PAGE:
This course provides students with hands-on experience applying scientific information and skills to the development of solutions to specific environmental problems in collaboration with industry and government in the United Kingdom. Students take course modules at Cranfield University, supplemented by sessions led by a St. Olaf faculty member to synthesize information from modules and other readings as well as to develop their oral communication skills for final presentations to the Cranfield community and industry and government partners. Prerequisites: Environmental Studies 137 and two 200-level courses in natural or social sciences. Offered during Interim.


ENVST/BIO 286: Tropical Ecology in Costa Rica

This course offers students the opportunity to study first-hand the most diverse ecosystems on earth. This intensive field-oriented course explores lowland rain forest, montane forest, dry forest, and coastal and agricultural ecosystems through projects and field trips. Students read and discuss texts and primary literature specific to ecology, evolution, conservation, and agricultural practices of each area, and keep reflective journals. Prerequisite: one science course. Offered in alternate years during Interim.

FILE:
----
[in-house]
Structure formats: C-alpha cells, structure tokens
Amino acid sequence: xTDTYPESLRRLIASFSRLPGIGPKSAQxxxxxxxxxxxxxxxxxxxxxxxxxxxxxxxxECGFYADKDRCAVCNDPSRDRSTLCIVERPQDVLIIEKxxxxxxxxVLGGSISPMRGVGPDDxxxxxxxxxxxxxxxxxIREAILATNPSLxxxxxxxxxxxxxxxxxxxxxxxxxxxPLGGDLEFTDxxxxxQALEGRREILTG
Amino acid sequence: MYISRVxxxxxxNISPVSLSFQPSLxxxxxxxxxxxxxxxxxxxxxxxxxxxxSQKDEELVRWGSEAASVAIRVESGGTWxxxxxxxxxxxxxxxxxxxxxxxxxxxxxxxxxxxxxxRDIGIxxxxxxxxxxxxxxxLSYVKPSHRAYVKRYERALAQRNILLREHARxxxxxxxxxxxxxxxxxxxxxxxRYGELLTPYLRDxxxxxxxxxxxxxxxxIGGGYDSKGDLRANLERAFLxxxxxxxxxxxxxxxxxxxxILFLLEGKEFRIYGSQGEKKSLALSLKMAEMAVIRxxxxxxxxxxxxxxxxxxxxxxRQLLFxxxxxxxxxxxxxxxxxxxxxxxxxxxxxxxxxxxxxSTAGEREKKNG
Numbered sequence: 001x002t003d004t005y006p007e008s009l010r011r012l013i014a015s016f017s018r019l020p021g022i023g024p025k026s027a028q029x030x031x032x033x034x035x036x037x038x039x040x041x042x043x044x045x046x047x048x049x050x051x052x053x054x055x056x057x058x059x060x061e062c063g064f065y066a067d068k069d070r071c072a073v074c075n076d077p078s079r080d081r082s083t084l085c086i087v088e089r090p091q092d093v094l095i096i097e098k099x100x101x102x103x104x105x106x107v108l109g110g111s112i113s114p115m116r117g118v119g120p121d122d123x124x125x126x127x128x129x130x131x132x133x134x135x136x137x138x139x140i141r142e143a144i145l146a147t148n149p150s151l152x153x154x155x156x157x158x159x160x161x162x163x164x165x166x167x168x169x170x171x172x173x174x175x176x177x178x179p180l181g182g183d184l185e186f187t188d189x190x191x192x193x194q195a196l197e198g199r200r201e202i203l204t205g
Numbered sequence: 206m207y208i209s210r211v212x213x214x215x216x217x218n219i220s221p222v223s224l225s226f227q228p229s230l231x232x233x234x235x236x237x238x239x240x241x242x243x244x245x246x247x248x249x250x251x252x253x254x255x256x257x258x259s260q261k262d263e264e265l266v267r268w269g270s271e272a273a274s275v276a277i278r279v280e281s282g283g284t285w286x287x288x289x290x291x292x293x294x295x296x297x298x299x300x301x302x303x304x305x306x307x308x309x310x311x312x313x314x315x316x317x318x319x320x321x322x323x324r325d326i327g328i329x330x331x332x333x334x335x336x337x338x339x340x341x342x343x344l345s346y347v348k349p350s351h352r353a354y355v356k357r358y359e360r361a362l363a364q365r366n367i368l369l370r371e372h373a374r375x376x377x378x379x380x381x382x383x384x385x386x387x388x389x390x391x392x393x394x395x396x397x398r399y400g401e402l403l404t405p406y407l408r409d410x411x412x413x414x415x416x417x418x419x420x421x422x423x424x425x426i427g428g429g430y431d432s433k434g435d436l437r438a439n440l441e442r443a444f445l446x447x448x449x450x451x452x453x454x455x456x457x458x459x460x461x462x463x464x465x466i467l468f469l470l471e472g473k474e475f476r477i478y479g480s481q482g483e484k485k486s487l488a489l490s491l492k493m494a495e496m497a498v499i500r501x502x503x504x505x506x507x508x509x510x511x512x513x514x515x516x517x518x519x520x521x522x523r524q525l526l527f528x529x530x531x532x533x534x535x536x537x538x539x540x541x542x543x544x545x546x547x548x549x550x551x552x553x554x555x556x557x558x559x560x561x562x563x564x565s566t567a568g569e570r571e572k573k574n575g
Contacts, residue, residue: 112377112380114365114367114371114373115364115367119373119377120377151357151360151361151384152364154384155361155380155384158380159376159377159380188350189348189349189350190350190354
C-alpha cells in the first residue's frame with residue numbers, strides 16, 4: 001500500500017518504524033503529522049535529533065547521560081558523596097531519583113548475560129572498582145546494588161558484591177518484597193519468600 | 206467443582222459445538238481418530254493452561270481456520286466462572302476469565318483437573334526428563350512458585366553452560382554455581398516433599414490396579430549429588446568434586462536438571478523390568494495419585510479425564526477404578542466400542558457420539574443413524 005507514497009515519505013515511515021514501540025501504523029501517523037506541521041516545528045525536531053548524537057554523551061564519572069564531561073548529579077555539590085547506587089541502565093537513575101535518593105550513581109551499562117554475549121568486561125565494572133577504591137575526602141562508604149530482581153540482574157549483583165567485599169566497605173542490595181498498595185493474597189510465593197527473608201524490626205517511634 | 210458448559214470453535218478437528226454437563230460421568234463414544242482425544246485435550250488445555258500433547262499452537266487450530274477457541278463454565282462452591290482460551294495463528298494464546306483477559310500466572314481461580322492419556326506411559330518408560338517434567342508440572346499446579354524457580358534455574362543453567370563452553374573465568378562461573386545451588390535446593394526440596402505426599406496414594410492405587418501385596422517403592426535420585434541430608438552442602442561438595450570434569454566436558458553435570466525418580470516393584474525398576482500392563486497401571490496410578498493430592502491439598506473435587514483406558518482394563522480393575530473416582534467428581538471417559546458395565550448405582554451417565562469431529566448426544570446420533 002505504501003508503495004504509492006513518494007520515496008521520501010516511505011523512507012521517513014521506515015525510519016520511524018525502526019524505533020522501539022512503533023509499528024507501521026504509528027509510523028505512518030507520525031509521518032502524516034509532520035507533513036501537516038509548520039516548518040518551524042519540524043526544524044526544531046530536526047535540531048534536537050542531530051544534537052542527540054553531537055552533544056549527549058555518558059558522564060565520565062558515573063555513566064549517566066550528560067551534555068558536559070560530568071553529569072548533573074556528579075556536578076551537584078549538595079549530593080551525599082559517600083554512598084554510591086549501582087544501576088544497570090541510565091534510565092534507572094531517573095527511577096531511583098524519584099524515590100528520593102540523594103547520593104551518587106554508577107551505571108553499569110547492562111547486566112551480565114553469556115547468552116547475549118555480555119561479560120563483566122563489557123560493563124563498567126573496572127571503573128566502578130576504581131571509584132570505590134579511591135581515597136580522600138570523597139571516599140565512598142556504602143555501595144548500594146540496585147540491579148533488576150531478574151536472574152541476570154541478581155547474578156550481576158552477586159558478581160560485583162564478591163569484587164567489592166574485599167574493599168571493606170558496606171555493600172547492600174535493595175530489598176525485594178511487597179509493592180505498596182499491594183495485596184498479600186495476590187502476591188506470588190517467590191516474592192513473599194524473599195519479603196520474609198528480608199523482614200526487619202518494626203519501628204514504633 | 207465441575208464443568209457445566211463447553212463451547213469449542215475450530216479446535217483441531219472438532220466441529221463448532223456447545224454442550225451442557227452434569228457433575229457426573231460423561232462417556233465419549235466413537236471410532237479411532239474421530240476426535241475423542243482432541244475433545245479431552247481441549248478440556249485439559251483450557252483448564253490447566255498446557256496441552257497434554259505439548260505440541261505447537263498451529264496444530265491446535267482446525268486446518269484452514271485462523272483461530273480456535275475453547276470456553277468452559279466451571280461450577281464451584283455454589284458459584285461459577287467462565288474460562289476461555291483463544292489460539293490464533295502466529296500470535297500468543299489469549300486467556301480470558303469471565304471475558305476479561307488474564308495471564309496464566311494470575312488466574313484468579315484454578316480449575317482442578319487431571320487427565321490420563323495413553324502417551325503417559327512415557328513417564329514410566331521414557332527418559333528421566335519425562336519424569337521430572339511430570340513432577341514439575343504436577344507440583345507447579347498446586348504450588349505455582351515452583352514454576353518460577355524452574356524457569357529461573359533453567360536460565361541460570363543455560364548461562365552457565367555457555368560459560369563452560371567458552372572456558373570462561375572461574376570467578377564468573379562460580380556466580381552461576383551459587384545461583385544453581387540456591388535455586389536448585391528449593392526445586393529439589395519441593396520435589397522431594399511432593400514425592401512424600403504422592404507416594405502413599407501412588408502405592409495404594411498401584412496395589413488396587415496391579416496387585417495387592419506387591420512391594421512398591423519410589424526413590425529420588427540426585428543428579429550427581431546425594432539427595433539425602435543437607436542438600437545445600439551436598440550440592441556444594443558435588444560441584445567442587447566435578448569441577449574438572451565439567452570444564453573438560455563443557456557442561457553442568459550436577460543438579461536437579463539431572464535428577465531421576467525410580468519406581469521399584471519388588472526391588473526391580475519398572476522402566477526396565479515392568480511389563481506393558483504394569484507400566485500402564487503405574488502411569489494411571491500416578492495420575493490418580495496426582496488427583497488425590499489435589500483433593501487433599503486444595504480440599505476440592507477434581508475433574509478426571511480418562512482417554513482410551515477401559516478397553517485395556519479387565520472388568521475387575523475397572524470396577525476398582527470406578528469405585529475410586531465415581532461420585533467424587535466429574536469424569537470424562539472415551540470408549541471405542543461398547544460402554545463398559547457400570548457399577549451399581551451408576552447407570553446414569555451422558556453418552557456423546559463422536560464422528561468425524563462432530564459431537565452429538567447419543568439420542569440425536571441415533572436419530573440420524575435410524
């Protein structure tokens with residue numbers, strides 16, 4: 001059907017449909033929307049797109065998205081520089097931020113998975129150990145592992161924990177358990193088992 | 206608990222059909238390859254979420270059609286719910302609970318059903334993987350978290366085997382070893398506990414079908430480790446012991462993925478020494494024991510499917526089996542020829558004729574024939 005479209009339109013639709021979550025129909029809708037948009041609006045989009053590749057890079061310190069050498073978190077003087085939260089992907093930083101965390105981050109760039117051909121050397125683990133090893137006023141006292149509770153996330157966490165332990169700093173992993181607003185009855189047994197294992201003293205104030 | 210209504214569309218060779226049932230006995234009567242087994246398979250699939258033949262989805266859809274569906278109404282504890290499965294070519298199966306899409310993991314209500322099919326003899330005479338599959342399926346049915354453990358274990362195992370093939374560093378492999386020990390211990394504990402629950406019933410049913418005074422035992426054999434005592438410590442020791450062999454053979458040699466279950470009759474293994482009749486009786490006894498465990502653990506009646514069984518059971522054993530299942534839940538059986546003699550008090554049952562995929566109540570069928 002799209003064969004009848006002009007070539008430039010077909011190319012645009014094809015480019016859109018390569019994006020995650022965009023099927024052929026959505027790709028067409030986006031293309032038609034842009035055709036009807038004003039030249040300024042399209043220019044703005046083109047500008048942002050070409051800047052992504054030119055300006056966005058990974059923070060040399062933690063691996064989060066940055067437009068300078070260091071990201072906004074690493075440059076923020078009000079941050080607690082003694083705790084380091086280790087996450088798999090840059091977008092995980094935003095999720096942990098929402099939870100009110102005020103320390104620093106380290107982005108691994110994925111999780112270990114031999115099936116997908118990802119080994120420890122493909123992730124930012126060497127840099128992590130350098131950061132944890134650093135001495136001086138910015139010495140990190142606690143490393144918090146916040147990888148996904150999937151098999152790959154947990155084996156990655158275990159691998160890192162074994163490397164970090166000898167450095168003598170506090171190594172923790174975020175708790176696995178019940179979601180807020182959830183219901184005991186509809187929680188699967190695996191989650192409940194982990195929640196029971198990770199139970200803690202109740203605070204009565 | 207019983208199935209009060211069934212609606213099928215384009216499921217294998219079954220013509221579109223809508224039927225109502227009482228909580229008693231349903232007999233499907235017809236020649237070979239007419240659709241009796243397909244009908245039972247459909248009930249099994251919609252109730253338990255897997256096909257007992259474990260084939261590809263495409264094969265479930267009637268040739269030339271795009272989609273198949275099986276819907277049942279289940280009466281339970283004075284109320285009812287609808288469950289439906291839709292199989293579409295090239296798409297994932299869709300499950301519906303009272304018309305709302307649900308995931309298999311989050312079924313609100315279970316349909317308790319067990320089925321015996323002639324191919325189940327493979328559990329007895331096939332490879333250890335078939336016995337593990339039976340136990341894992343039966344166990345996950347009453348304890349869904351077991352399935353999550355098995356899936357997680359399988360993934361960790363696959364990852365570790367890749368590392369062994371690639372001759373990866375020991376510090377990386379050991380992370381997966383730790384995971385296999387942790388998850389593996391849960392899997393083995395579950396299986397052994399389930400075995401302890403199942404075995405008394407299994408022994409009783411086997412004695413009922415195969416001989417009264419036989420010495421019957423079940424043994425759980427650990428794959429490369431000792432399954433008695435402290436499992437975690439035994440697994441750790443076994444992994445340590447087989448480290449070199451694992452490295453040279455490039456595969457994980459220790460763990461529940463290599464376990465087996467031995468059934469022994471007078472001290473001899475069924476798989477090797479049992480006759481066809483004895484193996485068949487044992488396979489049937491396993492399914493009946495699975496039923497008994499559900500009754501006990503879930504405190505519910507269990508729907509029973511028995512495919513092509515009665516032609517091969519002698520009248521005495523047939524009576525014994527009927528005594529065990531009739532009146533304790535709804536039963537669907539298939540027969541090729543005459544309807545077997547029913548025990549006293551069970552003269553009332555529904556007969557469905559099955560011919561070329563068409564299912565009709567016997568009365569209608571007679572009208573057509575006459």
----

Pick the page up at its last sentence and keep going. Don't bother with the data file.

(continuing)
ENVST 137 Introduction to Environmental Studies
Introduction to Environmental Studies is a sustainability-focused course that explores a range of environmental issues in an attempt to uncover social, economic, and ecological causes, consequences, and solutions.

Norwegian (1)
NORW 244 Sami: Tradition/Transition
This interdisciplinary course explores the Sámi, an indigenous people living mainly in the northern parts of Norway, Sweden, Finland, and Russia. Students first place the Sámi in a historical-cultural context by examining the Sámi’s social and economic systems, religion, customs, and values. The major portion of the course examines the Sámi primarily from within: the Sámi will present themselves through their literature, film, music, and art.

Off-Campus (3)
ENVST 311: Global Futures